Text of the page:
The absence of Y2K problems was a cause for carping, not rejoicing.

On occasion the boob tube rises above its nickname, and one of those times was last New Year's Eve. You had to be dead not to be thrilled at watching the new millennium dawn with celebrations beginning way out in the Pacific and advancing westward on the hour. Ours is the first generation in human history able to witness a new century inaugurated by a progression of lavish celebrations in Sydney, Paris, London and other great cities of the world, as each time zone gave up the old. This is television at its best.

At each venue along the way, reporters punctuated the fireworks with the terrific news that no significant Y2K problems had turned up anywhere. For everyone except the survivalists who are still dining on canned Spam, it was reason to jump for joy.

Except the champagne glasses had hardly been put away when the news media began putting a new spin on the issue. Why did U.S. businesses and government agencies spend an estimated $100 billion to fix problems that apparently did not exist?

At first, most commentators paid lip service to the notion that it's precisely because we spent so much money that 2000 dawned almost trouble-free. But as the calendar advanced into January, carping began to push out such charitable assessments. Noting that Y2K bugs were largely absent even in underdeveloped nations whose computer systems were thought to be more susceptible than ours, journalists changed their tune to, "What a waste of money! Let's play the blame game."

I've come to expect as much from my cousins in the consumer media. Theirs is a mindset such that, if world peace truly were to ever come about, headlines would gripe about it taking so long and the wealthy benefiting so much more than the poor. A sensible person merely shrugs and makes his way to the comics. Not so easy, though, when gall rises high enough to upset the serenity of a Tibetan monk.

Naderism and Its Legacy

Whose name should appear as the author of an op-ed commentary about Y2K but Ralph Nader, whom the media anoints as the father of modern consumerism, but who would more appropriately be described as the patron saint of product liability litigation. The gist of St. Nader's commentary in the Chicago Tribune and presumably other publications was that the captains of the computer industry should have foreseen Y2K problems long ago, and since they didn't, they should be responsible for the estimated $100 billion in Y2K compliance costs.

At one level it was merely another variation on the stale theme of let's sock it to those lousy, stinkin', greedy corporations. But this version had a cheekiness about it that transcends ideology.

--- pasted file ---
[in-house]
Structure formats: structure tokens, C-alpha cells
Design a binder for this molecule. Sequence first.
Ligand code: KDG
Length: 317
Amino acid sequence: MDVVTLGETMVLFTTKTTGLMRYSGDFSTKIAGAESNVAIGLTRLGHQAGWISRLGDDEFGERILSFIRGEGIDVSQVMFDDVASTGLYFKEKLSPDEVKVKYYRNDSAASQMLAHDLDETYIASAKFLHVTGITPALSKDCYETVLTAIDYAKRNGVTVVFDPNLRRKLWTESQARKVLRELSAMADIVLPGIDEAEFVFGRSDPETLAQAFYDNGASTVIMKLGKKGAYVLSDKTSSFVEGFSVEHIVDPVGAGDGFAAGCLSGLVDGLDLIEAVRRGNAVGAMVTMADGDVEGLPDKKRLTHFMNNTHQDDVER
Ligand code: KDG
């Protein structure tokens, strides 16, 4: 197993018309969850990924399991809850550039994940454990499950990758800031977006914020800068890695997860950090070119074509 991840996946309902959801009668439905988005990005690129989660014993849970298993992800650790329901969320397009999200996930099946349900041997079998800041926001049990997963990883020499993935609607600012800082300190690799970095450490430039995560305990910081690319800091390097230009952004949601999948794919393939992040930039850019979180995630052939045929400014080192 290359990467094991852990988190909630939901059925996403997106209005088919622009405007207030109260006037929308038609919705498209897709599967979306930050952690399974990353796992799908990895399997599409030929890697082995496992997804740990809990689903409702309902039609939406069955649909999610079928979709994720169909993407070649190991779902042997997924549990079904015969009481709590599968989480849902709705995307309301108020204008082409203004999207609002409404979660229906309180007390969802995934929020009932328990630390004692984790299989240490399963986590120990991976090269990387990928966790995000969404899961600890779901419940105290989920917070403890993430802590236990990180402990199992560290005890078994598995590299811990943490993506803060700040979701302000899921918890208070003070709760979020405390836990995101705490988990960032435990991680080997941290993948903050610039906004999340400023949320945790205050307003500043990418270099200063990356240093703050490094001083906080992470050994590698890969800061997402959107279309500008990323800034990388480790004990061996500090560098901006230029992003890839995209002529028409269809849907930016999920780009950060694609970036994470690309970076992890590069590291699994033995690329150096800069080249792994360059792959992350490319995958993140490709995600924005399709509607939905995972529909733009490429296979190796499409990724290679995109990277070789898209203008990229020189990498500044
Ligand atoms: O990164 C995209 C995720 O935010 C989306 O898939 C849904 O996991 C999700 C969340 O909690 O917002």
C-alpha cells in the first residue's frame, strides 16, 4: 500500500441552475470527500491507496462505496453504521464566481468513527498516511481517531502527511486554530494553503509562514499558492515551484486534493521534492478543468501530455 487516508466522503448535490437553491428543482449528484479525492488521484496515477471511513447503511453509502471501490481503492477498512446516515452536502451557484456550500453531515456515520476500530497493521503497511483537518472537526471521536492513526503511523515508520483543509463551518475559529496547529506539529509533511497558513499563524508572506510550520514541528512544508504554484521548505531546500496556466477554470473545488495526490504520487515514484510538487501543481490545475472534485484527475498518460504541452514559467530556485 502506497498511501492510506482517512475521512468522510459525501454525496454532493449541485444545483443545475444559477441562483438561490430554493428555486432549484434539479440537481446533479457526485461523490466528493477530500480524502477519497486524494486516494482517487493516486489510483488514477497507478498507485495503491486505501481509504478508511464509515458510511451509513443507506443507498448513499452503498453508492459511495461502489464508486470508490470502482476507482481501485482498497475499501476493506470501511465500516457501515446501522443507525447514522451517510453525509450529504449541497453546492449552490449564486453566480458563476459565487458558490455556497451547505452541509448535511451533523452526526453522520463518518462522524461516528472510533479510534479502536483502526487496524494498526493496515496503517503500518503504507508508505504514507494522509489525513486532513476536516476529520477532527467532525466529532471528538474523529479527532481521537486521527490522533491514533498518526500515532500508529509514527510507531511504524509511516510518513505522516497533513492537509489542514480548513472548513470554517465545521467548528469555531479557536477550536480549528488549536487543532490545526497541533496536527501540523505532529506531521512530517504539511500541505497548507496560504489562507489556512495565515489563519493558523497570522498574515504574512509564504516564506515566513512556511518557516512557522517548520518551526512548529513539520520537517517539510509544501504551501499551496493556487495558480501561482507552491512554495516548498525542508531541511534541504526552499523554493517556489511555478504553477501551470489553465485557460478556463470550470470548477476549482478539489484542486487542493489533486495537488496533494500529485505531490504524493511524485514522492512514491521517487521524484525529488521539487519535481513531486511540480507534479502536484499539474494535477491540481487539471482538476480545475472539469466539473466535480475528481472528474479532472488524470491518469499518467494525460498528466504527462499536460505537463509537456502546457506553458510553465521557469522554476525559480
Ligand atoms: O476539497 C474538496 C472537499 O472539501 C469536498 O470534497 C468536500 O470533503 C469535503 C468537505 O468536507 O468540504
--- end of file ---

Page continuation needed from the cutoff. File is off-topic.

Top honors for the most demented approach to economic justice surely must go to Stalin, who used to bill his victims' families for the cost of the bullets used in their executions. Nader's logic does not quite reach the same degree of evil, but does belong to the same genre of cynicism.

The stock in trade of modern litigators is 20-20 hindsight. In their bizarre logic, anything we now know about technology, medicine or anything else that impacts the human condition is prima facie evidence that it should have been known before. Never mind that early computer programmers had their hands full trying to cram code into what by today's standards were tiny memory cells. In the gospel according to Nader, they were obligated to peer decades into the future to foretell every possible ramification of clipping digits off dates. Of course, problems also could have been nipped in the bud if only the Naderites had had similar Swami-like prescience to issue warnings back then, but what the heck, theirs is a game of perpetual offense. It's against the rules to hold them to the same standards they hold everyone else.

If there are to be any bills submitted to recoup that $100 billion, the debtors should be none other than Nader and his class action minions. Over the past few years quite a few people whispered that we were overreacting to the Y2K threat. But overkill is the legacy of Naderism. By now every person in every walk of life understands that failure to indulge in it leaves one vulnerable to subsequent litigation. This is why doctors call for excessive tests that send health care premiums to the sky, and why the paperwork on modern construction projects may outweigh the concrete and steel. Moreover, you can bet every last dollar that had the Y2K bug bitten any harder than it did, the Naderites of the world would have been spanking our business and government leaders for not spending more than $100 billion to fix things.

Thankfully, people seem to be paying no more attention to the carpers than they are to the political campaign babble filling the news. For now life seems back to normal.

Still, one can't help but sputter at the likes of Ralph Nader preaching against Y2K overspending. What's next, a lecture from our President on the virtue of celibacy?